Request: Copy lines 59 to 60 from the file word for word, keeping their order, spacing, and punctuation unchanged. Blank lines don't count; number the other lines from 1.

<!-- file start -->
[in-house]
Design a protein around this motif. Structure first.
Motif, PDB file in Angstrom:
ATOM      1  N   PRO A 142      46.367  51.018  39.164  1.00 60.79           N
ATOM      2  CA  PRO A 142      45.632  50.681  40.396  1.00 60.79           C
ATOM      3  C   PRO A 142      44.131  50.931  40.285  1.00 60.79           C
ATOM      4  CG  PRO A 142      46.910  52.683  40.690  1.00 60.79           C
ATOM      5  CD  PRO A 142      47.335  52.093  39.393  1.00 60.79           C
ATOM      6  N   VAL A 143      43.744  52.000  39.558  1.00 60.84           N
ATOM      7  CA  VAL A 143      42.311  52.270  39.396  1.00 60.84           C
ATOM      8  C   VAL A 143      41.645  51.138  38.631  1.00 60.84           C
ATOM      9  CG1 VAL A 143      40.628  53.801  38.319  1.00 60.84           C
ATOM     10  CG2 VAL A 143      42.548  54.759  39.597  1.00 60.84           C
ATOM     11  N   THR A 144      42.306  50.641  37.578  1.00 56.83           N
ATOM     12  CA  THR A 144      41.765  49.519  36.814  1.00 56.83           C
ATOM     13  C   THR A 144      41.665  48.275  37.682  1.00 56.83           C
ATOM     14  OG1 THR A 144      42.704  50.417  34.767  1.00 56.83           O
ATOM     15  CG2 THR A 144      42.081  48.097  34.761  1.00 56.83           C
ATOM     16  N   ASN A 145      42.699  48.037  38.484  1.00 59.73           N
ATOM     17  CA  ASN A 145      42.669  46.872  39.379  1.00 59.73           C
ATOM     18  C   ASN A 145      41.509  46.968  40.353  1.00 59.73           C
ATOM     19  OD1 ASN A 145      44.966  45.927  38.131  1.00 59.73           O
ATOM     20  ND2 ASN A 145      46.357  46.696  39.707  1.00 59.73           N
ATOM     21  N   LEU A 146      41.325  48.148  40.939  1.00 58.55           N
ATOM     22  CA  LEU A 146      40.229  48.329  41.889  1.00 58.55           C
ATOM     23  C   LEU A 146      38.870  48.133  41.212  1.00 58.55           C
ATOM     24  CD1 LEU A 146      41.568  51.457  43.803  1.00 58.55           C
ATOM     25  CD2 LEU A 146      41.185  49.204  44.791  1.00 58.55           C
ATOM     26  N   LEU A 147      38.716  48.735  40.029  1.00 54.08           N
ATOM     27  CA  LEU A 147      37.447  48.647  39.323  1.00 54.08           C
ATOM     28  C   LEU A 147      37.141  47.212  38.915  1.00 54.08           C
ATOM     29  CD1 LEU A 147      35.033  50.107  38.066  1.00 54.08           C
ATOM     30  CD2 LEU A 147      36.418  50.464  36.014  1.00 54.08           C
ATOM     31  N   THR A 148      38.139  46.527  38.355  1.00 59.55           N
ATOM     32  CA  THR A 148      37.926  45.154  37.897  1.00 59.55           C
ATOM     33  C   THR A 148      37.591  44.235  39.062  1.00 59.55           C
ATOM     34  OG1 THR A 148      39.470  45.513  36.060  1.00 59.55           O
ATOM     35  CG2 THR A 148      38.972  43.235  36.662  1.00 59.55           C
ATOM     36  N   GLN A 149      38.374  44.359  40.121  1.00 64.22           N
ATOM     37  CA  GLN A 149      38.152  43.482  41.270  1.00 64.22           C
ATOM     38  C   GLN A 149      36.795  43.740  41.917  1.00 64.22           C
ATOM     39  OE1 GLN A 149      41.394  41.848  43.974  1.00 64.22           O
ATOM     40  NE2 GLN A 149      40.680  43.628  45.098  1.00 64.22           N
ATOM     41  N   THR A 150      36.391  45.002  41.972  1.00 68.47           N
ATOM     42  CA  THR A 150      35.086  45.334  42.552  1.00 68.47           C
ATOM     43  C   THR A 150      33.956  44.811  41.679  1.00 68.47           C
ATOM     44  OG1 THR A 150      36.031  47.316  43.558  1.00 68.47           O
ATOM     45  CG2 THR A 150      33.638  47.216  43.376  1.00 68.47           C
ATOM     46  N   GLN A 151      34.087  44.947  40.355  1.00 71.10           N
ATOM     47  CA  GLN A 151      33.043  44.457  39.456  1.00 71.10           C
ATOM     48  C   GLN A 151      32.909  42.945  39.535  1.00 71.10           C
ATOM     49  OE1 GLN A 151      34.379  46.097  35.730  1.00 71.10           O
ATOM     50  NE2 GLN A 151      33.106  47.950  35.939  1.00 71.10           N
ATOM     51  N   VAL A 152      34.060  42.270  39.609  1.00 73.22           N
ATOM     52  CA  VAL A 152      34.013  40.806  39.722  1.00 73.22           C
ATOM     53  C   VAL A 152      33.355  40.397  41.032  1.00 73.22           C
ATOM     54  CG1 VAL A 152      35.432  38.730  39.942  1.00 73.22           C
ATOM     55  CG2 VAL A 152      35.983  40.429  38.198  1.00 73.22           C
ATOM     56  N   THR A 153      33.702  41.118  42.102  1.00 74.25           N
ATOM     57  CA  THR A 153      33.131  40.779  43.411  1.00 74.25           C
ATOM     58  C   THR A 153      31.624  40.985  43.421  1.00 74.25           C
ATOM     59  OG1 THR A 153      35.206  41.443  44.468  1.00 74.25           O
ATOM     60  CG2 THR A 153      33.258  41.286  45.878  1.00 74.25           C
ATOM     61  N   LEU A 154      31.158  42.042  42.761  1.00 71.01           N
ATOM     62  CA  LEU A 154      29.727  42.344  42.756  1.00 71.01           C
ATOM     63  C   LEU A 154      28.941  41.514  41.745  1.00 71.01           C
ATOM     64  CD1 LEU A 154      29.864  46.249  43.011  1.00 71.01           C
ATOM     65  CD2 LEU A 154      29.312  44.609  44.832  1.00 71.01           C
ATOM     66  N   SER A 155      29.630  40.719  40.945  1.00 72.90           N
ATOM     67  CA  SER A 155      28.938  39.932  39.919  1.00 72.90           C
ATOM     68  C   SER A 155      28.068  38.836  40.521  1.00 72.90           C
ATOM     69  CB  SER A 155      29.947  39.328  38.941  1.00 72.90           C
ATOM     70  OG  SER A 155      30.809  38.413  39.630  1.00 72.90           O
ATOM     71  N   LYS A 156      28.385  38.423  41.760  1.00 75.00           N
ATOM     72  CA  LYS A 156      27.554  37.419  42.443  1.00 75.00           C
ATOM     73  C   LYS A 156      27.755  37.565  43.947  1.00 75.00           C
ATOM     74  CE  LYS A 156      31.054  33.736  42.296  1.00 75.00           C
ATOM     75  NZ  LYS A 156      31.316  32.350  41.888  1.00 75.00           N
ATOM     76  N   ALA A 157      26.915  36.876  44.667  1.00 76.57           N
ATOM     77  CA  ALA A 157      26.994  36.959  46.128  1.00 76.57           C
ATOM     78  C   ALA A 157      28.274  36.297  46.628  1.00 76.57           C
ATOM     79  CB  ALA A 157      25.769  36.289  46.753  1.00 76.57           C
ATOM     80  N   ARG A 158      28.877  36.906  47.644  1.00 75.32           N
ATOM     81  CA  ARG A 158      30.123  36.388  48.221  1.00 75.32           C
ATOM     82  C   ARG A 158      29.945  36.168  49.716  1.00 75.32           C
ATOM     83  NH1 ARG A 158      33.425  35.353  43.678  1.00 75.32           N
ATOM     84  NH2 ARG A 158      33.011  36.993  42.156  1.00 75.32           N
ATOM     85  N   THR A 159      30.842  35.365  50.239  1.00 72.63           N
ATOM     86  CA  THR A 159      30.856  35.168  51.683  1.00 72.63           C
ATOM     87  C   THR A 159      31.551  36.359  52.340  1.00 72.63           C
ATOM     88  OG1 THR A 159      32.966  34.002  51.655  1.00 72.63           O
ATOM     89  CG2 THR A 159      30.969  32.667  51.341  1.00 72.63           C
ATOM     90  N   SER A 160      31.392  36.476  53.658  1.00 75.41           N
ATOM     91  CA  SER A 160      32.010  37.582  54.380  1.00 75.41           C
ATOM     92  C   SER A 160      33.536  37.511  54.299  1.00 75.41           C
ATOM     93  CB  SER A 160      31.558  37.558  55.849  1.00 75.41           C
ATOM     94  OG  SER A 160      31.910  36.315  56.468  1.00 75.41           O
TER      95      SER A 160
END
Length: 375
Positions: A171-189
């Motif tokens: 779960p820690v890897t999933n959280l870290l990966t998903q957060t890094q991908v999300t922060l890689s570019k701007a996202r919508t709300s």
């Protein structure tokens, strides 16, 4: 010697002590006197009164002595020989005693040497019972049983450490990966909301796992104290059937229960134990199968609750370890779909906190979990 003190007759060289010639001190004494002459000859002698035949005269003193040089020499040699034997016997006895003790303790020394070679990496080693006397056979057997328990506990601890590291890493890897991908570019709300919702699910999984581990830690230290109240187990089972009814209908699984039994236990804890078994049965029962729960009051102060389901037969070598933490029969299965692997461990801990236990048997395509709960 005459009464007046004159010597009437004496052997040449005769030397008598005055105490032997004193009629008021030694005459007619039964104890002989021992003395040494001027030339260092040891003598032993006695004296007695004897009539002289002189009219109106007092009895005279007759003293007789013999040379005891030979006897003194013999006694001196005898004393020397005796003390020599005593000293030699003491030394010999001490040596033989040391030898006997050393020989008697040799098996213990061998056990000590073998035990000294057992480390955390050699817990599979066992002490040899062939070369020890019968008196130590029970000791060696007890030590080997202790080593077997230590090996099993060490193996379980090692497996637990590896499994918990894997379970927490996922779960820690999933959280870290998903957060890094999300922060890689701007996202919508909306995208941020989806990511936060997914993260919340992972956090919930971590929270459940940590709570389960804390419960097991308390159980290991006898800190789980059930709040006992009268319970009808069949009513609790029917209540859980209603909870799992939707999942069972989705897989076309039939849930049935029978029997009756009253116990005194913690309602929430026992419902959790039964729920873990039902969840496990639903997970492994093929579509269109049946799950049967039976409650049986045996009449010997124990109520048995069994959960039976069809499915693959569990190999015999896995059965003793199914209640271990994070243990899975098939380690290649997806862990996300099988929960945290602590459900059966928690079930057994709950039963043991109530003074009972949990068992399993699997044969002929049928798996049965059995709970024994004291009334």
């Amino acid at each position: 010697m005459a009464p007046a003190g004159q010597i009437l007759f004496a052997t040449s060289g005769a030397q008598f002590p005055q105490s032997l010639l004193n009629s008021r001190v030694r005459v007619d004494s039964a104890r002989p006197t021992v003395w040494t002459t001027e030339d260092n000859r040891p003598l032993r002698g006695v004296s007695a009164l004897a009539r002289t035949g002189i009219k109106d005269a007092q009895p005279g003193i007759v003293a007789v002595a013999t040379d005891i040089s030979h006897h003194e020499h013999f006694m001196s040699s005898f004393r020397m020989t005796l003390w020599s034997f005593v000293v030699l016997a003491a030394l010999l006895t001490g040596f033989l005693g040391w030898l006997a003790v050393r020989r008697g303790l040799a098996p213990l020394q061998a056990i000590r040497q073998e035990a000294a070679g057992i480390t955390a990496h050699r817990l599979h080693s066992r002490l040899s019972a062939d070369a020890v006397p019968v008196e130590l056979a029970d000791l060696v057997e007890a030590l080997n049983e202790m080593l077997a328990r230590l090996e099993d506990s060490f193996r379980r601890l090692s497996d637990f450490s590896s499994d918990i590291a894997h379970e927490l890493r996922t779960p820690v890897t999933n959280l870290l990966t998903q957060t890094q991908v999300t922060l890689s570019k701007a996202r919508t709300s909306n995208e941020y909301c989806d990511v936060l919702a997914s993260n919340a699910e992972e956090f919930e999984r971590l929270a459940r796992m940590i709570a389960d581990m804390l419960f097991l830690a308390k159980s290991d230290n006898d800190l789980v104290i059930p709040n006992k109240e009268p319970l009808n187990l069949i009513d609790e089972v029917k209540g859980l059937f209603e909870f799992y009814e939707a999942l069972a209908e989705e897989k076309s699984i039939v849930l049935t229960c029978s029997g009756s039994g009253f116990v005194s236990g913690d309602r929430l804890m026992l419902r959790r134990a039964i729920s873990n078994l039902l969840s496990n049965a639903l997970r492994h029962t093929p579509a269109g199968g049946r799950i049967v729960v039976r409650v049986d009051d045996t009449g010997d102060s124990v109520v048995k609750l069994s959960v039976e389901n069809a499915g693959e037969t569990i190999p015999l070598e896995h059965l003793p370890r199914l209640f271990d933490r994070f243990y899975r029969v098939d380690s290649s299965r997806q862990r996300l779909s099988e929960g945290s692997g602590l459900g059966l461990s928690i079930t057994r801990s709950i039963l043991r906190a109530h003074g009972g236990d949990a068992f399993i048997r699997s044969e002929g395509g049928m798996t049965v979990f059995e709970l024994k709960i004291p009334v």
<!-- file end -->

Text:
ATOM     56  N   THR A 153      33.702  41.118  42.102  1.00 74.25           N
ATOM     57  CA  THR A 153      33.131  40.779  43.411  1.00 74.25           C